On Nov. 20, in honor of Native American Heritage Month, Mercyhurst hosted a film screening of “Lake of Betrayal: The Story of Kinzua Dam” followed by a panel discussion. The event was co-sponsored by the Evelyn Lincoln Institute for Ethics and Society (ELIES), Mercyhurst Anthropology and Archaeology Department and Mercyhurst Thomas B. Hagen Department of History.
“Lake of Betrayal: The Story of Kinzua Dam” is a 2017 documentary film by and about displaced members of the Seneca Nation. The film “reveals an untold story from American history—a one-sided battle pitting an impoverished Native American nation against some of the strongest political, social and commercial forces in the country as they fought to protect their sovereignty,” according to Toward Castle Films.
The construction of the Kinzua Dam, which is located southeast of Erie in Warren County, PA, began in 1960 and was completed in 1965. It was designed in order to prevent flooding in Pittsburgh downriver on the Allegheny River and to provide hydro-electric pow-er.The construction of the dam condemned 10,000 acres of the Allegheny Reservation, belonging to the Seneca Nation, as promised to them in a treaty signed by George Washington. As a result, and despite protest, 600 Seneca were displaced from their homes and communities.
The showing and discussion of the film and its significance was a combined effort from Verna Ehret, Ph.D., Director of ELIES and assistant professor of Religious Studies, Ben Scharff, Ph.D., chair of the Thomas B. Hagen Department of History and Edward Jolie, Ph. D., assistant professor of Anthropology/Archaeology. Jolie is an enrolled member of the Muscogee Creek Nation of Oklahoma and his specialized field of study is in the interaction of cultural identities and Native American-anthropologist relationships.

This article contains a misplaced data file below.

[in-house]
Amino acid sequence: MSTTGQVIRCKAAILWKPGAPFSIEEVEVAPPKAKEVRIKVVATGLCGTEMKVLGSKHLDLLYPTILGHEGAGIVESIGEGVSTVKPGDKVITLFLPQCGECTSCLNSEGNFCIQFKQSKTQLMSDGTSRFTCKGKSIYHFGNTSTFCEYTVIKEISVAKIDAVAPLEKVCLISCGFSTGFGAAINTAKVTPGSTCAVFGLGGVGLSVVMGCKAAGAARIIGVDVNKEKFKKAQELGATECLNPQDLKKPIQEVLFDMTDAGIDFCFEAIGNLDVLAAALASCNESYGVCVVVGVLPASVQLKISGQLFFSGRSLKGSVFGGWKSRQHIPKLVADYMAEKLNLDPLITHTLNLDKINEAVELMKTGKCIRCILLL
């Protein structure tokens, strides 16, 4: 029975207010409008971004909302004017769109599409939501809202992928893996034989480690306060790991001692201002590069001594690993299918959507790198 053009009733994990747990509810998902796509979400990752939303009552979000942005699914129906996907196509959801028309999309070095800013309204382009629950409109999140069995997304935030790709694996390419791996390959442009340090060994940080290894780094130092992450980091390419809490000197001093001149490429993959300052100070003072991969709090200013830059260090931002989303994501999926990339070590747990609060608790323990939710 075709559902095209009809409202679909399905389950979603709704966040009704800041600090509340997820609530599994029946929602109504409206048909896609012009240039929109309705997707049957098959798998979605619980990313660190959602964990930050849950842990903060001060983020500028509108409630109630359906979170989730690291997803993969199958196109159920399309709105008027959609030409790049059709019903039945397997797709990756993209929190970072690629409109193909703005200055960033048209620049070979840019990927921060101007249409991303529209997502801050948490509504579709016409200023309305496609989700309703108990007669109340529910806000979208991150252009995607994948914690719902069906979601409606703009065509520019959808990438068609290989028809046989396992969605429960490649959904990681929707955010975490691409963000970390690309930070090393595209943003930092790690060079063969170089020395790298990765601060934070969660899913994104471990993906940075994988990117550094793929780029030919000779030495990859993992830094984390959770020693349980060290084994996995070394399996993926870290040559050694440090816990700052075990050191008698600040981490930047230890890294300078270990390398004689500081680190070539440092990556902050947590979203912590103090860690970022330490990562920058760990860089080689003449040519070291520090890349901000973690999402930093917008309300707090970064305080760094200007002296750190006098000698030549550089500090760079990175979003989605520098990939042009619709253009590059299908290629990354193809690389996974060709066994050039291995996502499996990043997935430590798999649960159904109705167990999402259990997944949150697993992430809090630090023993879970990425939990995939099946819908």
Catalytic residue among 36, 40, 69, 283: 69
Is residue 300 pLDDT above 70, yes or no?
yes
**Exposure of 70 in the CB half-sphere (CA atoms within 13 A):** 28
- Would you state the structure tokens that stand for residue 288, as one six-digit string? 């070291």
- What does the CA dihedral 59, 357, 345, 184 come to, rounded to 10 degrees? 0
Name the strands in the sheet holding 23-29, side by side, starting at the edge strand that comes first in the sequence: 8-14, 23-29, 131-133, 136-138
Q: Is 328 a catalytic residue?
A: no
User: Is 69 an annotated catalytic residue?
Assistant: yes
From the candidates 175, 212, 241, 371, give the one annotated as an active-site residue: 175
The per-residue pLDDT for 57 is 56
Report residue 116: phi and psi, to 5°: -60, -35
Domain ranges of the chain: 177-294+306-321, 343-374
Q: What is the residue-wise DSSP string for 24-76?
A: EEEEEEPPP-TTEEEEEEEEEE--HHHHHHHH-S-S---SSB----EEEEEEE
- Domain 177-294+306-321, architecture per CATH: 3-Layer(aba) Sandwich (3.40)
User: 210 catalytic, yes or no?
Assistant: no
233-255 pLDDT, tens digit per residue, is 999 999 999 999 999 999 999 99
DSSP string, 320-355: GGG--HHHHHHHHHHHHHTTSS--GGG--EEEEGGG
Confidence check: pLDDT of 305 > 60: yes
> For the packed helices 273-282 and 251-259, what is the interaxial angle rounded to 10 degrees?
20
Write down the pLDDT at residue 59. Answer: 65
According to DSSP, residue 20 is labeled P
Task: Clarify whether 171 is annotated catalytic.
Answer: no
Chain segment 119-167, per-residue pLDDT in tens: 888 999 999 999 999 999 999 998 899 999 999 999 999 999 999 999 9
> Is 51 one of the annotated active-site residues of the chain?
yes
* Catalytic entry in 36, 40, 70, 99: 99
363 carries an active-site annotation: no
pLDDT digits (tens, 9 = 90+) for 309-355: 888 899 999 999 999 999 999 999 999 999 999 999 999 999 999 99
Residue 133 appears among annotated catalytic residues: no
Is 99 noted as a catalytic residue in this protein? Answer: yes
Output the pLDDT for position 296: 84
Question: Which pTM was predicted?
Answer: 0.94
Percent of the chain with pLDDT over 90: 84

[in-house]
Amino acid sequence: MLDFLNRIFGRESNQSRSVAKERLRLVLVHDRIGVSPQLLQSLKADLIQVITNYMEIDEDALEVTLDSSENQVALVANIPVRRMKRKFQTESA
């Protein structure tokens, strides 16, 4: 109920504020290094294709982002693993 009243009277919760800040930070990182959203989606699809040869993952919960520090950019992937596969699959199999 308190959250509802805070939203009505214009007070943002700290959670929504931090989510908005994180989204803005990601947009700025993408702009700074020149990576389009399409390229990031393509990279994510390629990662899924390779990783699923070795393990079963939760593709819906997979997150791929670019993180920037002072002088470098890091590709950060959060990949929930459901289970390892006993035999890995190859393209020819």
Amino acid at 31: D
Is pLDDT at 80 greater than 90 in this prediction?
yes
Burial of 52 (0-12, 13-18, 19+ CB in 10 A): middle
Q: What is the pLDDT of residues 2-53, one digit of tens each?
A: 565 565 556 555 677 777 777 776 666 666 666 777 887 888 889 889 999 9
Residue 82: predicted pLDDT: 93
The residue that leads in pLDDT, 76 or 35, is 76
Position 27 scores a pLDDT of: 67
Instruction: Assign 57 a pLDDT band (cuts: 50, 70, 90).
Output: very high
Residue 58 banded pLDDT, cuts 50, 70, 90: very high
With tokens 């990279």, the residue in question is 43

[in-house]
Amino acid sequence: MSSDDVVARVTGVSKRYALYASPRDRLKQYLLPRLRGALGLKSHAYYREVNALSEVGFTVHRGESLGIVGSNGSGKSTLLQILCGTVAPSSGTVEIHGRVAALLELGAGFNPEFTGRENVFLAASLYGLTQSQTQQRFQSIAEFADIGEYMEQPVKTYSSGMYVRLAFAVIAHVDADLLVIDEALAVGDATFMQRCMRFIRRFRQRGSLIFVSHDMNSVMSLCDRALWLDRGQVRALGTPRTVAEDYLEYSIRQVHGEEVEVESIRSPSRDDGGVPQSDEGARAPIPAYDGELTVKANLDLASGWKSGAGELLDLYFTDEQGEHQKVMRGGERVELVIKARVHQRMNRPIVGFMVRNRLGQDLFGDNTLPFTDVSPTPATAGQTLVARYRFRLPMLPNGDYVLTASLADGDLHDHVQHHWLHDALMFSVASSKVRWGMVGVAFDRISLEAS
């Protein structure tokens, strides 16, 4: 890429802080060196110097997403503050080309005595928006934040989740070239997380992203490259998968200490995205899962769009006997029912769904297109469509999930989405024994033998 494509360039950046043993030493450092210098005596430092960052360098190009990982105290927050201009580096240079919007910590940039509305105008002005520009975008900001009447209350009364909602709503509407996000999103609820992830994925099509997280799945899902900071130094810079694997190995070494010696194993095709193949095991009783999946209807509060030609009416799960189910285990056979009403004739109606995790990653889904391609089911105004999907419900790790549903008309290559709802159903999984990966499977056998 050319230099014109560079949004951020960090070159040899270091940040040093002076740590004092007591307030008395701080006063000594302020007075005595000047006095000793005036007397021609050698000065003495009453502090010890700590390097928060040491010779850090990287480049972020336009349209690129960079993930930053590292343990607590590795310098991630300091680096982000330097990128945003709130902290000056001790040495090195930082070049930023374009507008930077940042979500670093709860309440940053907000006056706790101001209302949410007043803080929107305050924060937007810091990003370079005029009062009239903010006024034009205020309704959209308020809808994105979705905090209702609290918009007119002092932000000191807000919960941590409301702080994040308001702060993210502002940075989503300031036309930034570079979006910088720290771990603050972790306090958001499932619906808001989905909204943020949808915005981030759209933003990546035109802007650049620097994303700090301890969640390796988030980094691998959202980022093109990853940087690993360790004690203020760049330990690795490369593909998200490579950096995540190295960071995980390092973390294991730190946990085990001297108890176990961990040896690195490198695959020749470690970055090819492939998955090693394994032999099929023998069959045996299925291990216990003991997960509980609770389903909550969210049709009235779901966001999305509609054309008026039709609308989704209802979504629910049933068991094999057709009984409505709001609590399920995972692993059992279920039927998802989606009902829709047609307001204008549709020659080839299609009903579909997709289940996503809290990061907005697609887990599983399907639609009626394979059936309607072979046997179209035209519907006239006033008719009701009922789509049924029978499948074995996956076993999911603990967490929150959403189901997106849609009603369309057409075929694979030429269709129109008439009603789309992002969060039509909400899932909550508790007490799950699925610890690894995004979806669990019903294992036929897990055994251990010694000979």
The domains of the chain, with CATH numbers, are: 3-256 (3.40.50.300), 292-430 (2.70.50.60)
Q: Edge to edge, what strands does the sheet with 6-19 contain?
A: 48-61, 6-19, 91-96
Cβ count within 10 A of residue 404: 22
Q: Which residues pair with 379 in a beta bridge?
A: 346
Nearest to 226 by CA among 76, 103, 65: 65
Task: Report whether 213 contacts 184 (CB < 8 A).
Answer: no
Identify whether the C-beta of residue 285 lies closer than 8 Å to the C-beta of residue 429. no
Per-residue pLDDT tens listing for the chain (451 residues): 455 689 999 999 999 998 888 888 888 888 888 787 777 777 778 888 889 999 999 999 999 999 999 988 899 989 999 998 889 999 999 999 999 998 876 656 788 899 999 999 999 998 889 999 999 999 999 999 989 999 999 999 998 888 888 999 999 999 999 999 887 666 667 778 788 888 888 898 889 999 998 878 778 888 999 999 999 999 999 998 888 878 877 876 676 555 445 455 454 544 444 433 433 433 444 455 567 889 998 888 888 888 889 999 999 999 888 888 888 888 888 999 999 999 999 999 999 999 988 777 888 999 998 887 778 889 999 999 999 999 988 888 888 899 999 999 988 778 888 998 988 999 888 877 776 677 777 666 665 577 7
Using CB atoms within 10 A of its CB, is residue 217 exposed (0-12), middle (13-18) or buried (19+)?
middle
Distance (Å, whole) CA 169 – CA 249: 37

The screening coincides with the month of November, which is Native American Heritage Month, in order to address and celebrate the month, especially, according to Jolie, in light of the current government’s failure to do so.
Last year Mercyhurst hosted a similar event, a screening of “Rumble: The Indians Who Rocked the World,” also in honor of Native American Heritage Month and in acknowledgment of the contributions of Native Americans to the rock and roll genre.
“We felt it was a good success and a good opportunity to pro-mote discussion, and so we pursued that line of thinking this year,” Jolie said. This year the panel featured Jolie and citizens of the Seneca Nation, Dennis J. Bowen, Sr., and Stephen Gordon. Gordon was among the displaced Seneca and is featured in the film, and has written a book on the topic. Bowen is an activist and former Tribal President of the Seneca Nation.
The panelists highlighted the trauma inherent to the experience of forced removal and issues of social justice as they pertain and continue to pertain to Native Americans.
“I participated in this movie, and I guess I’ve viewed it probably about 10 times, and every time I see it it affects me,” Gordon said in the panel. “It affects me because I see the pictures of my grandfathers, and grandmothers so when I see these smiling faces up here, it reminds me that the Indian community that I lived in, it was about those people.”
Bowen emphasized that the events surrounding Kinzua Dam do not exist in a vacuum but rely on hundreds of years of history, as such events continue to shape history.
The topic of Kinzua Dam is especially relevant given its close proximity and relatively recent construction. “‘Lake of Betrayal’ seemed like a logical choice as it deals with the construction of the Kinzua Dam in the 1960s and more or less takes place in our own backyard,” Jolie said.
Further, “Lake of Betrayal” highlights the ongoing nature of social justice issues.
“It should bring home for a lot of people today that the protest over the Dakota Access Pipeline, these aren’t things that came out of thin air, there’s a deep long history,” Jolie said.
The event was well attended and well received. Jolie hopes attendees will continue to think about the continued significance of Native American history in our nation today.